Zambra's novels can be cheeky and experimental, but there's always substance. Chilean Poet is an exquisite book about bad juvenilia (in the funniest ways), unconventional fatherhood, and how the most obscure realms of literature and bookstores can connect generations. His characters can be jerks who love books, but boy, aren't we all?
The Chilean writer, painter, art critic, and avant-garde surrealist Juan Emar has never been translated into English… but if Megan McDowell’s brilliant translation is any indication, we’ll all be Emar fanatics soon. (Many of your favorite Chilean writers probably grew up reading him.) In Yesterday’s most notable scene, an ostrich defecates a lion. I couldn’t tell you what else it’s about, but I found it all wonderful.
This novel, like a certain Canadian punk band’s debut studio album, is all killer, no filler. Rejean Ducharme, a virtual unknown in this country, was a reclusive Quebecois author known for his fluvial cynicism. Ducharme's Berenice is an over-intelligent and cantankerous 9-year-old, the sum of her environment and the whole cruel human ecosystem, and yet she delights in the first snow of winter, and experiences 'some kind of miracle' while hunting for bugs. Madeleine Stratford has translated Ducharme in a strange and most meaningful way—with conviction, with clarity, with a bit of finger-pointing in every sentence. A book that will endure, even if I'm the only one who reads it.
Jon Fosse's Septology cycle has been one of my most meaningful encounters of the pandemic. Hypnotic, soothing, intellectually reverent. Damion Searls is the perfect translator for Fosse's unending sentences, that repeat and circle back on themselves with mathematical beauty, creating some of the most significant literature I've read on alcoholism, faith, and artmaking I can remember. Septology could fill a hundred volumes, and I would read forever.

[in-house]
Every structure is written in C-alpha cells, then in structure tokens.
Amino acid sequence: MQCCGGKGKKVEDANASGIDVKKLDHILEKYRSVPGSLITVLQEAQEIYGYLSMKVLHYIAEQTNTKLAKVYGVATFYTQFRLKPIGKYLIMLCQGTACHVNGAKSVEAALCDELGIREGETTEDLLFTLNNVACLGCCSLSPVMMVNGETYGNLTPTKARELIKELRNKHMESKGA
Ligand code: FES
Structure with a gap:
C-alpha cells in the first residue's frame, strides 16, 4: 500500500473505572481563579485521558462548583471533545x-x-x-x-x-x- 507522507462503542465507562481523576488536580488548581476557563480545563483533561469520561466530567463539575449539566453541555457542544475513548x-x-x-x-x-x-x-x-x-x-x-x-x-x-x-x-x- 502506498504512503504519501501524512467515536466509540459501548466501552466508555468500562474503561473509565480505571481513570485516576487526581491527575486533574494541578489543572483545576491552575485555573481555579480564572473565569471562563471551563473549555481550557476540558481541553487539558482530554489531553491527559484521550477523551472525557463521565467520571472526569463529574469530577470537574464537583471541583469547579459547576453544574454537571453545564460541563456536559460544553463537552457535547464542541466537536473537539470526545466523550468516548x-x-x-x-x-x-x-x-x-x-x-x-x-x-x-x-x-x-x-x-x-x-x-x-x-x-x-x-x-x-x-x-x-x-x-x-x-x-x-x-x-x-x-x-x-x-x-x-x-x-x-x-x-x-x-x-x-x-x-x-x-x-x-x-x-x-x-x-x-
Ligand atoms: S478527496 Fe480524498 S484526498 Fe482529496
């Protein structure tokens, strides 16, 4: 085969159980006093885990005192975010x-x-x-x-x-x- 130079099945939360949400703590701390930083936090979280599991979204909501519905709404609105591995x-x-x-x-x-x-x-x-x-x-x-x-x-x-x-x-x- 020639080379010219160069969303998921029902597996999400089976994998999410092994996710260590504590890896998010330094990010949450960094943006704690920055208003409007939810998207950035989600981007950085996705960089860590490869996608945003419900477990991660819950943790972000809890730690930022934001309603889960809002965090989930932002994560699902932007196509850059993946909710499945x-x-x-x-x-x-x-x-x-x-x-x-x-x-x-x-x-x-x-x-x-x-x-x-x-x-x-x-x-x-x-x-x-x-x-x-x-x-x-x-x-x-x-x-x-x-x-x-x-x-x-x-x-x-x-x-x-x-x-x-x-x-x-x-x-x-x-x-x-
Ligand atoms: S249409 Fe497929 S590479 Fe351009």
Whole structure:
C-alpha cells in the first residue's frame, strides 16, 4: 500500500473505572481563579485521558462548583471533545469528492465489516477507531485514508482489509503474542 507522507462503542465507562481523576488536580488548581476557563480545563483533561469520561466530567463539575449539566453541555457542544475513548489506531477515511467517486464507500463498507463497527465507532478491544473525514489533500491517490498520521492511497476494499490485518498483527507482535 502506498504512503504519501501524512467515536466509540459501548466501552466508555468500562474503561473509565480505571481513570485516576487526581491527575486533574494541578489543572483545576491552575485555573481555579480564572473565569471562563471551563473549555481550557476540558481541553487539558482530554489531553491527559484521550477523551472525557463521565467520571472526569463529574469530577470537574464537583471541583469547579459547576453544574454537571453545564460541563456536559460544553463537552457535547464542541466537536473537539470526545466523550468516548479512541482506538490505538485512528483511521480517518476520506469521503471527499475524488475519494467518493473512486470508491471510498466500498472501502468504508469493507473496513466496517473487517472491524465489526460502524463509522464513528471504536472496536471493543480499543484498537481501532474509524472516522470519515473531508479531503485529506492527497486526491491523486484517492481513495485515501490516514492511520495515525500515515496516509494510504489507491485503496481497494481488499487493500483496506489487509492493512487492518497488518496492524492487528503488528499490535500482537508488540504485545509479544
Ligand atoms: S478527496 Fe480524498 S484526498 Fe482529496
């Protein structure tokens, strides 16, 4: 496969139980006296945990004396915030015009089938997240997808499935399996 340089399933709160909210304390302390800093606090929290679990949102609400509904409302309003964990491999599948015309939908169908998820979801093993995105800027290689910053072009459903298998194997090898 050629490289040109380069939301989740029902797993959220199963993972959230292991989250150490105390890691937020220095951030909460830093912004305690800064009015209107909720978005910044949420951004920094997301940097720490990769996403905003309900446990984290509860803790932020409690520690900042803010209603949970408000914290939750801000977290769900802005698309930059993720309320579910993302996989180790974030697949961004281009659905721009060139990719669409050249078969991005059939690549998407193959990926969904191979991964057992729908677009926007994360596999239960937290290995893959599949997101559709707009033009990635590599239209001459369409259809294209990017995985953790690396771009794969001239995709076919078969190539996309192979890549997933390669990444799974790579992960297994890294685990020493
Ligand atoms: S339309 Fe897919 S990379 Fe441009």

It's incredible what the Germans can do—disgust you, isolate you, toss you—the reader—to the curb and expect devotion in return. (Unfortunately, it works.) Wolfgang Hilbig's The Interim is the revered German writer's most complete and erudite of his works translated into English. Isabel Fargo Cole doesn't miss a beat of Hilbig's humor and disorientation. The Interim reads like literature crawling out of the drain; the novel's narrator, known only as C., is both loveable and inescapable in his singular history of two Germany's: East and West. As C. has it: "Literature that refused to serve the purpose of distraction was punished by being passed over on the market. . . the best distraction was what sold the best." The Interim is the opposite of such distraction; it also happens to be a damn good book.
The inaugural publication from Fern Books, AN IDEAL PRESENCE is a book about death, dying, care, and the cold logistics of it all. A work of fiction by an OuLiPian with the fatal energy of Alice Oswald's Memorial, I was as amazed by this polyphonic novel as I was humbled by its reverence for the profession of caregiving in our often unremarkable final hours. An instant favorite.
Our ill-fated narrator is Aurora Berro, who dies in the novel’s opening pages when a vinyl record, screaming across the sky like a “demented boomerang,” slices her jugular in unspectacular fashion. What ensues is a nightmare of vaudevillian overtones and magnificent solitude (think Carmen Boullosa meets Jon Fosse meets Marx Brothers). Out of the Cage made me feel uneasy in my skin, uneasy about the fact of my birth, and suddenly unsure of how my mother really felt about me.
When Geissler's narrator, a writer and translator, is unable to afford a life on freelance wages, she takes up a seasonal position at an Amazon fulfillment center. As a prose writer, Geissler is like a German Valeria Luiselli or Sheila Heti; like no other book I've read, she makes the humiliations of wage labor unavoidably clear. Read this if you've ever purchased a book from Amazon (or a shower curtain, or anything really). This book is not a journalist's hit piece on the megacorporation—it's a nightmare, an intellectual life subdued, a novel full of nuance and dread worthy of Kafka.
Selva Almada's novel lasts only a moment but echoes across deserts. She treats the subject of God with an honesty both skeptical and earnest. In this sharp translation by Chris Andrews, Almado is one of those mysterious debuts who has eschewed naivety, achieving perfect mood.
From the legendary Japenese author Osamu Dazai, father of Yuko Tsushima, comes this miserable book, hardly a novel at all, a book about extreme alienation and cruelty that somehow perfectly describes the discomfort and obscurity of coming of age.